By Mike Blanchfield.
Anti−nuclear campaigners who want Canada to push for a global ban on nuclear weapons are concerned that Foreign Affairs Minister Stephane Dion is showing a definite lack of enthusiasm for that goal.
Dion said in a speech earlier this month that the current global security environment is simply not conducive to a ban on nuclear weapons because some states just won’t relinquish them.
Cesar Jaramillo, executive director of peace group Project Ploughshares, and Paul Meyer, a retired Canadian ambassador, say there’s never a perfect time to push for such a ban and the time to start is now.
Nuclear disarmament and security will be front and centre later this week as U.S. President Barack Obama hosts his final Nuclear Security Summit in Washington.
Prime Minister Justin Trudeau is to attend the two−day meeting, which is focused on curbing nuclear terrorism by cracking down on the trafficking of materials needed to build such weapons.
Obama announced the initiative in a landmark speech in Prague in 2009, in which he expressed his aspiration for a nuclear−free world, even if it didn’t come in his lifetime.
Earlier this month, Dion said in a speech in Geneva that any negotiations to ban nuclear weapons would have to include all countries that possess them.
"Without the participation of the countries possessing nuclear weapons, a ban would not bring us any closer to our shared goal of a world free of nuclear weapons," Dion said on March 2.
"Indeed, premature action risks undermining international stability by creating a false sense of security, without any reliable underpinnings."
Dion’s remarks largely flew under the radar but anti−nuclear activists took note.
"The reality is that there will never be ideal international security conditions for nuclear disarmament," Jaramillo said Monday.
"Nuclear abolition will be a complex, multifaceted undertaking that will need to coexist with international security crises of varying gravity," he added.
"Nuclear disarmament measures must be started, implemented and concluded in geopolitical conditions that are predictably less than perfect."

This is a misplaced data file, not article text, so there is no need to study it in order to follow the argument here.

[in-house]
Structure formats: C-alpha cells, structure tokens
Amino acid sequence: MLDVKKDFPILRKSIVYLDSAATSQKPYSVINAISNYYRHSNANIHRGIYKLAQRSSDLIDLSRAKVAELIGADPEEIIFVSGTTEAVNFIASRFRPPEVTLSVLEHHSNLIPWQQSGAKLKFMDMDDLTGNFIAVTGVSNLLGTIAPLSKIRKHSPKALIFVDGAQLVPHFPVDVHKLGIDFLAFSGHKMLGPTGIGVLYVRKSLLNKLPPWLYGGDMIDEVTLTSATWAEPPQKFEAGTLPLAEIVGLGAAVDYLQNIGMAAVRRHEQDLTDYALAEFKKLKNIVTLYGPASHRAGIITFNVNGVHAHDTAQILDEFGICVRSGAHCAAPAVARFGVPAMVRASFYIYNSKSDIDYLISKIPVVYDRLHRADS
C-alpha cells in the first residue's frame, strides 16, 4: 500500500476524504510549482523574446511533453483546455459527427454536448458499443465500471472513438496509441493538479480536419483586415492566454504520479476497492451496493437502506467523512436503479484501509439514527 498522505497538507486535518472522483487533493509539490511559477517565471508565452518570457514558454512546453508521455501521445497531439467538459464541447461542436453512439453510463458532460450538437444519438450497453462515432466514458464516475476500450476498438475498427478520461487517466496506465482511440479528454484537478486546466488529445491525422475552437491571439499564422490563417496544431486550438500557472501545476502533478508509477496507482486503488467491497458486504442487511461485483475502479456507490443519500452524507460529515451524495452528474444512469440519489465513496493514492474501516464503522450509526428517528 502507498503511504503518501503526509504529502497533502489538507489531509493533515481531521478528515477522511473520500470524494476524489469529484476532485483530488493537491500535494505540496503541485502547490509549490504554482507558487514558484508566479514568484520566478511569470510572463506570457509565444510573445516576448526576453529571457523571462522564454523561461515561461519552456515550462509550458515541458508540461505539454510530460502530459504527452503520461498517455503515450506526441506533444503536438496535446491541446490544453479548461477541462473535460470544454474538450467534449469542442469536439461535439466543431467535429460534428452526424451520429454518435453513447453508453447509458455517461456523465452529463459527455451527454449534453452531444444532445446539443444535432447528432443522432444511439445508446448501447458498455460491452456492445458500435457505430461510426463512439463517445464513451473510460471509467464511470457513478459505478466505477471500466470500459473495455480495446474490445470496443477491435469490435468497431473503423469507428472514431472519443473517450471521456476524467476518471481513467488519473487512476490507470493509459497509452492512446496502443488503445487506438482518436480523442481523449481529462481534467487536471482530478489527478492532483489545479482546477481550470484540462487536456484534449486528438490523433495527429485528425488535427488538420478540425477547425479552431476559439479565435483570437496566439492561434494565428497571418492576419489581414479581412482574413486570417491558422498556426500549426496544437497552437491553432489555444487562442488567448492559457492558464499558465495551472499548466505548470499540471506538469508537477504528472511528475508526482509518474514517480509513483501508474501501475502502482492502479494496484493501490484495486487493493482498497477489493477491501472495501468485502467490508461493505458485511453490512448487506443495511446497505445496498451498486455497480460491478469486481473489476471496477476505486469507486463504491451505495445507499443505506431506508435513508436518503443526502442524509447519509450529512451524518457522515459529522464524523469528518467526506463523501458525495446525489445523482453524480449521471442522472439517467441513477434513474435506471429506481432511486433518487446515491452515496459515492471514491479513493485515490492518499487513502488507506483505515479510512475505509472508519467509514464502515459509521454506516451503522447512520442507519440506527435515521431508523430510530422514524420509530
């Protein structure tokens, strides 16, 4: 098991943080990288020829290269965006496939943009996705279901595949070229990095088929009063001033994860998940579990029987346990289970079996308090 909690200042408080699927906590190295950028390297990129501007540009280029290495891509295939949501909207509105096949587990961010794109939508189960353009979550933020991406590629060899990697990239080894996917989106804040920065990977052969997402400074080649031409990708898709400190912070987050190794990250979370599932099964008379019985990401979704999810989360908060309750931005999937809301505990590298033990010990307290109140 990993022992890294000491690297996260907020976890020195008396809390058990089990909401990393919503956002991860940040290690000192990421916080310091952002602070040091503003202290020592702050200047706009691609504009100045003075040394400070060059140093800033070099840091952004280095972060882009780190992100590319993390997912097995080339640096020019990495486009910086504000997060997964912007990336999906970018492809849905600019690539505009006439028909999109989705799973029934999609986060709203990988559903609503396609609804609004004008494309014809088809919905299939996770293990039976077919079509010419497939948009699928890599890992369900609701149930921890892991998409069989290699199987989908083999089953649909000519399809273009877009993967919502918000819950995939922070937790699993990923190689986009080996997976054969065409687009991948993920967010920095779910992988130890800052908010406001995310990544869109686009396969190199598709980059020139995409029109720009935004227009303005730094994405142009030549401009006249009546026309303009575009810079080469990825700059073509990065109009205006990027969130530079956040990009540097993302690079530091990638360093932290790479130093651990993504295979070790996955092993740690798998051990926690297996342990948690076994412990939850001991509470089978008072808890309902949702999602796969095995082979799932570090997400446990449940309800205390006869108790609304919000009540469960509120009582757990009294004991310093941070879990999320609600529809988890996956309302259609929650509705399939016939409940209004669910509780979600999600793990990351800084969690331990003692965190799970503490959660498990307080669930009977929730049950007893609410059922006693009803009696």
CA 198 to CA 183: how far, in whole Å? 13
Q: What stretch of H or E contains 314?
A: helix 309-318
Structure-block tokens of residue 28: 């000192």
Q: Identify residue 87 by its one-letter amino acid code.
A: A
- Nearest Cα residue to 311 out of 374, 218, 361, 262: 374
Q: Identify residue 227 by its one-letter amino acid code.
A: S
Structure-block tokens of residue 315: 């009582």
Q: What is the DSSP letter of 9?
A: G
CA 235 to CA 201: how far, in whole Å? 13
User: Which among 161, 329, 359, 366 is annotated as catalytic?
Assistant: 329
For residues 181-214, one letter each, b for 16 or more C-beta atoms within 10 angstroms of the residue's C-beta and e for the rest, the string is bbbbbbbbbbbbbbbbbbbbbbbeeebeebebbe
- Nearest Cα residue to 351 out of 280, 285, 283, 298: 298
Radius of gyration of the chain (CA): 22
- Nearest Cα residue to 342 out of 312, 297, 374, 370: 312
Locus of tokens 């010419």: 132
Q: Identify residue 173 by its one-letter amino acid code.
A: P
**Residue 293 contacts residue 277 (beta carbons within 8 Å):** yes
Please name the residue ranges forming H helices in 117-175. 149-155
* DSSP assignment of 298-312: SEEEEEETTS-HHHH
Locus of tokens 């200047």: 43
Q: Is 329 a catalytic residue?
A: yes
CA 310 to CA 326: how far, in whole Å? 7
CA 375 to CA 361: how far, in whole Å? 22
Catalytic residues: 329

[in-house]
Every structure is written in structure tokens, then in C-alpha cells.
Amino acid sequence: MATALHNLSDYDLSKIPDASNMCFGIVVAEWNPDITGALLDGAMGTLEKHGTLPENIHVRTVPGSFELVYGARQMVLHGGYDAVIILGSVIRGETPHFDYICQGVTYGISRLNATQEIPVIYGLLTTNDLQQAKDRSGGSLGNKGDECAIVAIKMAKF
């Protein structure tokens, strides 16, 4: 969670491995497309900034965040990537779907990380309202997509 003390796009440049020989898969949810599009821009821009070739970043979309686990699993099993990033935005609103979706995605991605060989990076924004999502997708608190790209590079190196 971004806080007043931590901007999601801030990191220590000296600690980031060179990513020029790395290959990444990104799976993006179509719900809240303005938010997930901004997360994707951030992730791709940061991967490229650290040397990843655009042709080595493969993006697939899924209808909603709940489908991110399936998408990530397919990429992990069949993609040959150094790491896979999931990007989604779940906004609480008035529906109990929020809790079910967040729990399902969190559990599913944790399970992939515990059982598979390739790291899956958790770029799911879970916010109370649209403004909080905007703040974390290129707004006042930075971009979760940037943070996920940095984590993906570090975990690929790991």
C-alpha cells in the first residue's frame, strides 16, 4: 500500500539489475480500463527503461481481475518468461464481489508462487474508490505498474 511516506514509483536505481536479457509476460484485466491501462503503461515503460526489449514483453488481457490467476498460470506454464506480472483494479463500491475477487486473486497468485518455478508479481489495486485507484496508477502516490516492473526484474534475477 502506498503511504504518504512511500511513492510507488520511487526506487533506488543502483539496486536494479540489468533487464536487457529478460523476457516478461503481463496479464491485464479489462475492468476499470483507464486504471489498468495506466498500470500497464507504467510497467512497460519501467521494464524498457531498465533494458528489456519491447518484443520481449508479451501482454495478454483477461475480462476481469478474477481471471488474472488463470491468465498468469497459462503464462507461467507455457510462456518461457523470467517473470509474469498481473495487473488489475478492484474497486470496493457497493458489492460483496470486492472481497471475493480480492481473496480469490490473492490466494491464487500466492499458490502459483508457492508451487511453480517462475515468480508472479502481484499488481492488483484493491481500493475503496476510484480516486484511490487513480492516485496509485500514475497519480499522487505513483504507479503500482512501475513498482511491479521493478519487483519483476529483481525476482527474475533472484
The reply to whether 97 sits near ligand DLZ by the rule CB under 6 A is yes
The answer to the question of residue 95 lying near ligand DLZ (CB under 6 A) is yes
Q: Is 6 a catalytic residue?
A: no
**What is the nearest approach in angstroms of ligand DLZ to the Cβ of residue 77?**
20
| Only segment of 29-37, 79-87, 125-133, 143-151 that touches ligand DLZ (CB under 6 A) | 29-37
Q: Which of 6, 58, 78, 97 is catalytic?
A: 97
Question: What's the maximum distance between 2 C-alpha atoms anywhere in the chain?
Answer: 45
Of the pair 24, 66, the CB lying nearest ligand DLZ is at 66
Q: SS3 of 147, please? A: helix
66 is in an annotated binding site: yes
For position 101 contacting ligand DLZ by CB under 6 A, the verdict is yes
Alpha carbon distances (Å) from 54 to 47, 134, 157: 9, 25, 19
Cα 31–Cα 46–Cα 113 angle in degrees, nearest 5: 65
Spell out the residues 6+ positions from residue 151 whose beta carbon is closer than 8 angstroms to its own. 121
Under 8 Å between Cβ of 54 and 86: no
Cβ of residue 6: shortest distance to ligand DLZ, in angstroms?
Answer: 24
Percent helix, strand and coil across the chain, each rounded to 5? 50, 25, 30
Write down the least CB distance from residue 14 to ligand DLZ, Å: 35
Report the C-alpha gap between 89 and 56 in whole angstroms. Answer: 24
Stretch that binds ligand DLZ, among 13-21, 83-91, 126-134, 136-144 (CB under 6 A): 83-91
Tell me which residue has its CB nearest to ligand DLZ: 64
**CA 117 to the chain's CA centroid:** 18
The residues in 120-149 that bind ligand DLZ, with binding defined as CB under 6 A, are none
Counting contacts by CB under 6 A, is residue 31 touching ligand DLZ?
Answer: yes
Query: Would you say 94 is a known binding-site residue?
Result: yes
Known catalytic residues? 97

Meyer, a retired diplomat who once served as Canada’s disarmament ambassador, said Dion should be pushing harder for progress on broader disarmament in spite of the obstacles.
"It’s always convenient to cite ’the timing isn’t right’ as an excuse for not doing anything," Meyer said in an interview Tuesday.
"I would be disappointed if Canada took the path of least resistance."
Meyer said Canada should mount a diplomatic push for the long−sought Fissile Material Cut−off Treaty, which would work towards cutting off access to the materials needed to build a nuclear bomb. The Trudeau government says it is willing to pursue that treaty, which has been stalled at the UN for decades.
"If they’re really serious about this goal, well, you find a diplomatic vehicle," said Meyer.
This week’s Washington summit on curbing the trafficking of nuclear components comes amid periodic reports of the theft of radioactive material that could be used to build a so−called "dirty bomb."
Jaramillo said preventing nuclear terrorism is a worthy and urgent objective.
"But it cannot be understood in isolation from the broader multilateral dynamics related to nuclear disarmament and the slow pace of progress toward that goal," he added.
"It is still early in the Liberal government and it may still be formulating its stand on nuclear abolition. So far, however, there has been little change from the Conservative government concerning Canada’s core positions in this regard."